Gary Becker on Productivity – Homebuilder Applications?

September 14, 2009

by Scott Sambucci

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The Becker-Posner Blog draws attention to the role of innovation and new technology in overcoming the current recessionary environment. Gary Becker, Nobel Prize laureate for Economics, suggests that innovation will lead the economy back to positive ground.

I’m calling attention to Becker’s post because it directly relates to some perspectives I offered on economic output and its affect on the homebuilding industry. In summary, I suggested that homebuilding industry has structural impediments to developing new technologies for increased productivity gains.  These impediments will hamper the industry’s ability to grow out of the recession as quickly as other market segments.

As Becker writes:

Typically, measured productivity falls during serious recessions because of excess capacity of capital and the many employed workers who are underutilized. Basic arithmetic indicates that for any given fall in output, the greater the rise in measured labor productivity, the greater the fall in employment, and the greater the increase in unemployment.
Unemployment is typically a lagging indicator in the sense that it usually begins to fall only months after output has started to increase again. Since I expect output to rise only a little in the US during the third quarter that will be over at the end of September, unemployment should continue to rise for a while, almost certainly surpassing 10% at its peak. However, if, as I expect, the growth in productivity will continue into the future at a good pace because of the many innovations and inventions coming on line, that will lead to greater, not a lesser, growth in employment. For at some point, the economics of the positive relation between productivity and employment becomes more powerful than the short-term arithmetic negative relation that occurs during recessions.

Typically, measured productivity falls during serious recessions because of excess capacity of capital and the many employed workers who are underutilized. Basic arithmetic indicates that for any given fall in output, the greater the rise in measured labor productivity, the greater the fall in employment, and the greater the increase in unemployment.

Unemployment is typically a lagging indicator in the sense that it usually begins to fall only months after output has started to increase again. Since I expect output to rise only a little in the US during the third quarter that will be over at the end of September, unemployment should continue to rise for a while, almost certainly surpassing 10% at its peak. However, if, as I expect, the growth in productivity will continue into the future at a good pace because of the many innovations and inventions coming on line, that will lead to greater, not a lesser, growth in employment. For at some point, the economics of the positive relation between productivity and employment becomes more powerful than the short-term arithmetic negative relation that occurs during recessions.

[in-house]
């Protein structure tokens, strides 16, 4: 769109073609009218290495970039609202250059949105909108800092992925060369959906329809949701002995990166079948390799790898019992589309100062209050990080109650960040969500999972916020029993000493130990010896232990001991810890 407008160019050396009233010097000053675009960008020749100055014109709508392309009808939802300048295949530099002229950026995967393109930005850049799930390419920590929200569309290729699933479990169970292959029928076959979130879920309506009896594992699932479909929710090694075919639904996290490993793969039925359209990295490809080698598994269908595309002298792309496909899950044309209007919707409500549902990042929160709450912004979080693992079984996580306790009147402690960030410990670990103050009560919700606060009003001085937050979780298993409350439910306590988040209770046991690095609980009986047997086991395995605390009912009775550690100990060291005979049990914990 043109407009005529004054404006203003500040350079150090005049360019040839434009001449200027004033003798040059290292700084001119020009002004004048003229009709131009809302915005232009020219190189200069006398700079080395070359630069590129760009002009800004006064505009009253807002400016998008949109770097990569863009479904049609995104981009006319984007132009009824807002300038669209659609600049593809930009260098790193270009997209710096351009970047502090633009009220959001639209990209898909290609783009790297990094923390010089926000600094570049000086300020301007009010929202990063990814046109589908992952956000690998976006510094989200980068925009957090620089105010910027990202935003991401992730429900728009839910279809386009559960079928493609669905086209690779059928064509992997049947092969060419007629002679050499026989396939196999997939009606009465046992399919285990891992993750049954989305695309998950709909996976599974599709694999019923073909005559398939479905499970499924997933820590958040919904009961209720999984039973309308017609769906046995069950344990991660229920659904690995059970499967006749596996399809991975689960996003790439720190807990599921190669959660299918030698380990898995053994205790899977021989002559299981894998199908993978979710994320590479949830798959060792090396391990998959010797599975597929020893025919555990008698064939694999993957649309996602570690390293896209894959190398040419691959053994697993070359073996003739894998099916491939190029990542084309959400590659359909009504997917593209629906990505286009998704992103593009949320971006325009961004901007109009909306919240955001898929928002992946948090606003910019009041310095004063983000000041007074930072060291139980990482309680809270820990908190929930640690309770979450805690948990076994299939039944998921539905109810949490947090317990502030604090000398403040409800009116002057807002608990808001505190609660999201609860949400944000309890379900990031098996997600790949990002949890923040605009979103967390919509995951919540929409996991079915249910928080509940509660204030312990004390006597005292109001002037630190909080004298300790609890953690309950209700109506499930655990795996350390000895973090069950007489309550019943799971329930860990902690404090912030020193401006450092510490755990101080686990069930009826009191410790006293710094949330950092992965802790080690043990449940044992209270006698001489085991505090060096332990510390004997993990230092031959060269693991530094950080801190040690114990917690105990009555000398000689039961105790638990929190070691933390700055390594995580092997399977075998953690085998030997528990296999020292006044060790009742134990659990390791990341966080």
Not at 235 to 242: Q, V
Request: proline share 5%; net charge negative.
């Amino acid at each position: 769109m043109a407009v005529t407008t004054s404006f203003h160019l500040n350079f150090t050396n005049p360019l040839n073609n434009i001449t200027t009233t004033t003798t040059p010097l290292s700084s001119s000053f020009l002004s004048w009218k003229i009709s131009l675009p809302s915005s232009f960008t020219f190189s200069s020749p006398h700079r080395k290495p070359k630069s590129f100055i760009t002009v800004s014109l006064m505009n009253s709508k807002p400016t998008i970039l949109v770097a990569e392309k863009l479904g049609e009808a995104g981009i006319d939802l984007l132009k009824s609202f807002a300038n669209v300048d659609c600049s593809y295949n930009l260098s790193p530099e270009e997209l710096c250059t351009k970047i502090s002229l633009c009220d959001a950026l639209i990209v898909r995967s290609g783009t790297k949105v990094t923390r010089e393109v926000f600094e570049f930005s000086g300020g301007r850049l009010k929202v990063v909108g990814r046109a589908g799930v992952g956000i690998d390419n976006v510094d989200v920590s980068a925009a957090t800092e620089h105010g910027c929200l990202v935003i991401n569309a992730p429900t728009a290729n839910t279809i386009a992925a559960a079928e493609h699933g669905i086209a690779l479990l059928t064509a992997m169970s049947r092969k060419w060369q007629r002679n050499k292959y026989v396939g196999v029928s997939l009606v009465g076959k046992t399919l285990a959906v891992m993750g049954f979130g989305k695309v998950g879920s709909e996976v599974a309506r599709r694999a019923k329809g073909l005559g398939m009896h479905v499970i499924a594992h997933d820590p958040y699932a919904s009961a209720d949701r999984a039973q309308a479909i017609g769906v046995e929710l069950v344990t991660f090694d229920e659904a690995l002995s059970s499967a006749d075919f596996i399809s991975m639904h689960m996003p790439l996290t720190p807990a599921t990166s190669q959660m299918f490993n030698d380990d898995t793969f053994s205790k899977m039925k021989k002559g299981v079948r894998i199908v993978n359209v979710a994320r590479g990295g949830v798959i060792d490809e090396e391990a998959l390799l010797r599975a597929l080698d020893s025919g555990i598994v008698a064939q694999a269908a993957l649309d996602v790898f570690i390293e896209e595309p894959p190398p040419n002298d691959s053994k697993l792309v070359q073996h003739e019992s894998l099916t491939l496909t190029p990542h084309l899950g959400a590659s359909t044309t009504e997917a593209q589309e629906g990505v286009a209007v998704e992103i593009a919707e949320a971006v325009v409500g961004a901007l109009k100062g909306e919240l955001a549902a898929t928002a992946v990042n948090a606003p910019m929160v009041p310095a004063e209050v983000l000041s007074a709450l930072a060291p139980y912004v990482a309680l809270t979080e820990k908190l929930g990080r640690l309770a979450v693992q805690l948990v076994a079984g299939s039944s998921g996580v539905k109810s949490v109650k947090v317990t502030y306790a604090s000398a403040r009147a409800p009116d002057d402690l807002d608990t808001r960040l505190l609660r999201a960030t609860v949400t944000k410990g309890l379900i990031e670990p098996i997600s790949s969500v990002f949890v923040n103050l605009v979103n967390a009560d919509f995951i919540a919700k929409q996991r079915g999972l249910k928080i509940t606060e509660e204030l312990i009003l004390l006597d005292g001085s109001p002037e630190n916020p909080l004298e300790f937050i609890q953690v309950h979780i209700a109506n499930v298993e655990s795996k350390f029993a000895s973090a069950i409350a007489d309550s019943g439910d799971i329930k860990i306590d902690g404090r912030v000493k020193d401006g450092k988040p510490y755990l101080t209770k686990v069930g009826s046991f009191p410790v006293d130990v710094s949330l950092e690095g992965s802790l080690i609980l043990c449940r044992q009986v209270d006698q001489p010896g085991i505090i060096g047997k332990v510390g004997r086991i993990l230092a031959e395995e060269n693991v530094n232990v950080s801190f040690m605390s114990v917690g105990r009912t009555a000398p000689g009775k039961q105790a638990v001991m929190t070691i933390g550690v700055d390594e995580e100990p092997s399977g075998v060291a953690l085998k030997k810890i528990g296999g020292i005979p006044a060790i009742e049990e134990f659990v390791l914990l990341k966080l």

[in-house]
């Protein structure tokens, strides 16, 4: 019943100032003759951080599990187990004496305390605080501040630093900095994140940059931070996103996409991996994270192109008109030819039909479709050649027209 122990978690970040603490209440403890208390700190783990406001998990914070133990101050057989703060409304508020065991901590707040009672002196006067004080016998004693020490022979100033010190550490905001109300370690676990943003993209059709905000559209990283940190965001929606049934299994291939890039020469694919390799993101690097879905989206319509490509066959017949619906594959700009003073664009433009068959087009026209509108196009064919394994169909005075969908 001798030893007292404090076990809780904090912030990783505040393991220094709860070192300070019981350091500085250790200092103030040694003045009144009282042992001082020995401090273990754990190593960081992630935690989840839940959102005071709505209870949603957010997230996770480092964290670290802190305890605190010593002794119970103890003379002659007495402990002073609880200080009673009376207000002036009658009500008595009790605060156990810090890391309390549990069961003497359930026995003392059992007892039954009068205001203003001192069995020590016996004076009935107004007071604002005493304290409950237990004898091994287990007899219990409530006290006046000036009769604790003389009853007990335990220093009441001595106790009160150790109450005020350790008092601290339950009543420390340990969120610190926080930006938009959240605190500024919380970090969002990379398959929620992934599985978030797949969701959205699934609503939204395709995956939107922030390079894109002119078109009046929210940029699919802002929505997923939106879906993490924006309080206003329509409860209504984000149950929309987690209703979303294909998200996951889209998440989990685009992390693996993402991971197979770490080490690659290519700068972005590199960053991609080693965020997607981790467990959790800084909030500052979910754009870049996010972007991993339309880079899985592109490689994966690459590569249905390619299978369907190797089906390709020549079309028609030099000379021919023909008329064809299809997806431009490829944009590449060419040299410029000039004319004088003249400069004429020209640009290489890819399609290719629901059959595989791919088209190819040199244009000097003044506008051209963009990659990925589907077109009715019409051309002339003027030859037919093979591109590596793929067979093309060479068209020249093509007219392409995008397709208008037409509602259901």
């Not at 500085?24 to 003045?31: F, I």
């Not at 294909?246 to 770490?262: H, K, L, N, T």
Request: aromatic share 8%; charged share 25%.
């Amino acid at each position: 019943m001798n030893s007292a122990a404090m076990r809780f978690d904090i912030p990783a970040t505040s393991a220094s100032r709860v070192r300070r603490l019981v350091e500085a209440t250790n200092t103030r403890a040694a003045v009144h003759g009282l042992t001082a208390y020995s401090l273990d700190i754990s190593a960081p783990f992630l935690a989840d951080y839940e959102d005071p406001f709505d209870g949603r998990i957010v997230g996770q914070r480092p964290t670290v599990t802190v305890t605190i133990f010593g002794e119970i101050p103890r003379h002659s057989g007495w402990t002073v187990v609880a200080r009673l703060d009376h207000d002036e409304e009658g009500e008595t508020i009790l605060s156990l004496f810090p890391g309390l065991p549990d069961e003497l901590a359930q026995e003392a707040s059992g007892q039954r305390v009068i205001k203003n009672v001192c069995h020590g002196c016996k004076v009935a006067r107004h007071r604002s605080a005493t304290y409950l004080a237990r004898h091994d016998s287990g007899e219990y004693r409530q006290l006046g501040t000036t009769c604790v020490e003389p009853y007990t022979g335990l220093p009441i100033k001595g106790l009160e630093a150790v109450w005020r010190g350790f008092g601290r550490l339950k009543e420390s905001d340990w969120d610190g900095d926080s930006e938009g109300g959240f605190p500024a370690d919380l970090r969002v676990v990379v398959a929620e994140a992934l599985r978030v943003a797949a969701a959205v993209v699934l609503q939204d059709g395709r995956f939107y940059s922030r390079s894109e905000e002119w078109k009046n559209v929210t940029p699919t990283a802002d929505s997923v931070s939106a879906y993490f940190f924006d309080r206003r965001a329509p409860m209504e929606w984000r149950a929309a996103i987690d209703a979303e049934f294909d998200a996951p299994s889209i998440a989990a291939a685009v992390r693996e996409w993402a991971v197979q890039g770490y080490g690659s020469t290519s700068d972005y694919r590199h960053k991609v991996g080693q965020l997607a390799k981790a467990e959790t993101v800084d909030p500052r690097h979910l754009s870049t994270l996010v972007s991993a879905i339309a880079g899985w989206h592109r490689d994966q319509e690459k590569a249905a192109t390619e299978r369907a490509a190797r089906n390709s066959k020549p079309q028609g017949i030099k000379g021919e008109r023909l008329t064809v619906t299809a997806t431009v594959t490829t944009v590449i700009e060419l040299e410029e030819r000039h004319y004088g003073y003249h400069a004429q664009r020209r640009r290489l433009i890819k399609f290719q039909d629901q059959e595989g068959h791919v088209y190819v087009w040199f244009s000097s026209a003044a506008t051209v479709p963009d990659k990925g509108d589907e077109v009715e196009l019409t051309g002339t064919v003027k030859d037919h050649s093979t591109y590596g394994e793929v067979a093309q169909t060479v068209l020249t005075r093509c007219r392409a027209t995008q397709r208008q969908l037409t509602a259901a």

Becker points out that the diffusion of new technology and innovation is precisely what will lead the economy of out of recession.  Here’s the conundrum – innovation is a key factor in economic growth but the homebuilding industry may lack the ability to implement.

I found a report released in 2005 by the Department of Housing and Urban Development – “Overcoming Barriers To Innovation in the Home Building Industry.”  In this study, HUD suggests that the homebuilding industry suffered from several key risks that inhibit innovation, including fragmentation, education factors, and risk management. While the report is a few years old now, I think it’s reasonable to suggest that the challenges presented in the study have not been wholly addressed by the homebuilding industry.

(Of course the report also states that “Market volatility is not a risk factor for housing innovation since financing innovations have dampened the variability of housing starts across the United States.”  Not exactly proven true since 2005.)

In any case – just a wanted to share the economic argument for innovation as presented by Gary Becker and point out the HUD paper for those interested in reviewing it. Commments and counterpoints are always welcome.  If I’ve missed an update to the HUD report or rebuttles that dispute its claims, I’d be interested to hearing about those as well.

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